The accidental superpower The next generation of American preeminence and the coming global disorder

Peter Zeihan

Book - 2014

"In the bestselling tradition of The World Is Flat and The Next 100 Years, THE ACCIDENTAL SUPERPOWER will be a much discussed, contrarian and eye-opening assessment of American power. In THE ACCIDENTAL SUPERPOWER international strategist Peter Zeihan examines how geography, combined with demography and energy independence, will pave the way for one of the great turning points in history, and one in which America reasserts its global dominance. No other country has a greater network of internal waterways, a greater command of deepwater navigation, or a firmer hold on industrialization technologies than America. Zeihan argues that the future is undoubtedly bright for America, the only country with enough young adults to fill the capital-...generating void that will be left behind by 2030. THE ACCIDENTAL SUPERPOWER also explores shale oil and its surprising key role in America's move towards energy independence and how it will shape (and is already shaping) American life for the next fifty years"--

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2nd Floor 327.73/Zeihan Due Dec 15, 2023
New York : Twelve 2014.
Main Author
Peter Zeihan (-)
First edition
Item Description
Includes index.
Physical Description
xi, 371 pages : illustration, maps ; 24 cm
  • The world we think we know
  • Egypt: the art of getting from here to there
  • Technological revolutions: deepwater navigationand industrialization
  • Enter the accidental superpower
  • Buying off geopolitics
  • The demographic roller coaster
  • The rise of shale
  • The coming international disorder
  • Partners
  • Players
  • History returns to Europe
  • The Alberta question
  • The North American drug war
  • The China wars
  • Migration and terrorism
  • Epilogue: the American age
  • Appendix I: no fear: climate change
  • Appendix II: demography and trade.
Review by Publisher's Weekly Review

More by luck than by design, America will prosper in the coming decades while the world goes to hell, according to this eye-opening, contrarian survey of geopolitics. Geopolitical analyst Zeihan bases his predictions on "accidental" factors of the U.S.'s terrain (navigable rivers and rich farmland), resources (abundant shale gas and oil), demography (a relatively young, vigorous population), location (oceans that guard against invasion), and economics (vast consumer markets and cheap capital). The rest of the globe, he argues, will suffer from aging populations, dwindling resources, and the lack of a stable modern-day equivalent to the post-WWII Bretton Woods regime, which fostered free trade, protected sea lanes, and served the world's export market; the collapse of the international order will include the collapse of China, the breakup of Canada, and war in Europe. Zeihan's freewheeling, very readable analyses draw on historical examples, from ancient Egypt to modern Denmark, and a wealth of statistics, packaged with interesting maps and graphs. His generalizations can seem oversimplified, and his prognostications eccentric, such as the prediction that a "wave of young Uzbeks will wash asunder all foolish enough to stand in their way." Still, Zeihan's provocative take on how land, climate, energy, and population determine wealth and power makes for a stimulating challenge to conventional wisdom. Agent: Jud Laghi, Jud Laghi Agency. (Nov.) © Copyright PWxyz, LLC. All rights reserved.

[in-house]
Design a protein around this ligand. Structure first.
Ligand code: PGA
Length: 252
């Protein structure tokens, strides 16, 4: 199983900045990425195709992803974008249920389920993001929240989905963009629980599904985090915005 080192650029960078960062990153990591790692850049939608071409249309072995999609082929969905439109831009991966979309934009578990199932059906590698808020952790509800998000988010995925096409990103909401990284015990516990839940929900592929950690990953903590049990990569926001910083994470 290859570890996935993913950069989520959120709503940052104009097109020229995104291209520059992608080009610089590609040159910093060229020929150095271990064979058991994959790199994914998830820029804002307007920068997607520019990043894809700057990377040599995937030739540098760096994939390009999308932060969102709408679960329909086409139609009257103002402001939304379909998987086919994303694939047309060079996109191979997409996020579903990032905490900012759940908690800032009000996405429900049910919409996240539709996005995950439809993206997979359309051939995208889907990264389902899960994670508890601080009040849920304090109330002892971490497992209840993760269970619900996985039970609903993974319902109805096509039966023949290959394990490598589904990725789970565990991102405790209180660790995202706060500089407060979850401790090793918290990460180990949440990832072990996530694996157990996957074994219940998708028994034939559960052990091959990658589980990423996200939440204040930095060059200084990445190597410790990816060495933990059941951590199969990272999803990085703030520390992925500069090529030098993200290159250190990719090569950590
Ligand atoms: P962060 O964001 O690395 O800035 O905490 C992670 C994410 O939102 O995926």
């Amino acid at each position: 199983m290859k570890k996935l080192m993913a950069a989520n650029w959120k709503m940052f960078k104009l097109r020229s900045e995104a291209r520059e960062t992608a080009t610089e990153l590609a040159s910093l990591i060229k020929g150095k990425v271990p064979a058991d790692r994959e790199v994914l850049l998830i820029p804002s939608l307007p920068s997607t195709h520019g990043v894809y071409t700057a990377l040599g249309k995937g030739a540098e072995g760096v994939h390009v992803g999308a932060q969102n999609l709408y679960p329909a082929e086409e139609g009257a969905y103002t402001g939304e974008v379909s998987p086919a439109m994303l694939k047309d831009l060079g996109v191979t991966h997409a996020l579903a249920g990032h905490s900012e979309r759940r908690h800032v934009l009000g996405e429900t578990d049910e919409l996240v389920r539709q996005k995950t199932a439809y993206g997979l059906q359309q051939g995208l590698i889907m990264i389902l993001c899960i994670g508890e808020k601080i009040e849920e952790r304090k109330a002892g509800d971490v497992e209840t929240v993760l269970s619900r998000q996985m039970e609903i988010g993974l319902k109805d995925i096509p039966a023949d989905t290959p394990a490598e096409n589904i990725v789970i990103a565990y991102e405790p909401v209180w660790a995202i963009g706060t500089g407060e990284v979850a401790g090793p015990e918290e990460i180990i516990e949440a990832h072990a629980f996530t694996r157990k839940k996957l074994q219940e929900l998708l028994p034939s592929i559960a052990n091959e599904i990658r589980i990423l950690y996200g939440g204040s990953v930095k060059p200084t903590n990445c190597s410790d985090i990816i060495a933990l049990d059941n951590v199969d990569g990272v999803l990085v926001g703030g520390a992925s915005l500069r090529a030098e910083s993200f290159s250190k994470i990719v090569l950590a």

(c) Copyright PWxyz, LLC. All rights reserved
Review by Kirkus Book Review

Geopolitics, the influence of geography on nations, made the United States great and will keep it there, writes the author of this ingenious, optimistic overview of America's superpower status. Zeihan, founder of Zeihan on Geopolitics, adds that America hit the jackpot, geopolitically speaking, inheriting "the best lands in the world for a very low price in terms of blood, treasure, and time." He downplays the claim that American power is declining, pointing out that in 1945, we produced one quarter of the world's gross domestic product and spent as much on the military and controlled as much naval tonnage at the rest of the world combined. The change in 2014: zero. But some things are changing. Resources are diminishing, energy prices are rising, and demographics are inverting. Baby boomers are now retiring to collect benefits paid for by a shrinking number of younger, working taxpayers. The majority of industrialized nations face financial disaster, except America, which faces only inconvenience. Thanks to fracking, oil and gas production are skyrocketing, and America could be energy independent in five years. Thanks to immigration and vast numbers of child-friendly single-family houses, Americans remain younger than nearly every major culture. Within 30 years, Zeihan predicts, some nations (Greece, Libya, Yemen) will collapse, others (Brazil, India, Canada) will shrink, some (Britain, France, Sweden) will muddle through, and a few (Russia, Germany, Japan, Turkey) will become aggressive. Self-sufficient in food and energy, America will turn inward, reverting to the role it played before World War II: a global power without global interests. Historical prognostication has a dismal record, but readers will find it difficult to put down this fascinating addition to the "rise and fall of nations" genre. Copyright Kirkus Reviews, used with permission.

Copyright (c) Kirkus Reviews, used with permission.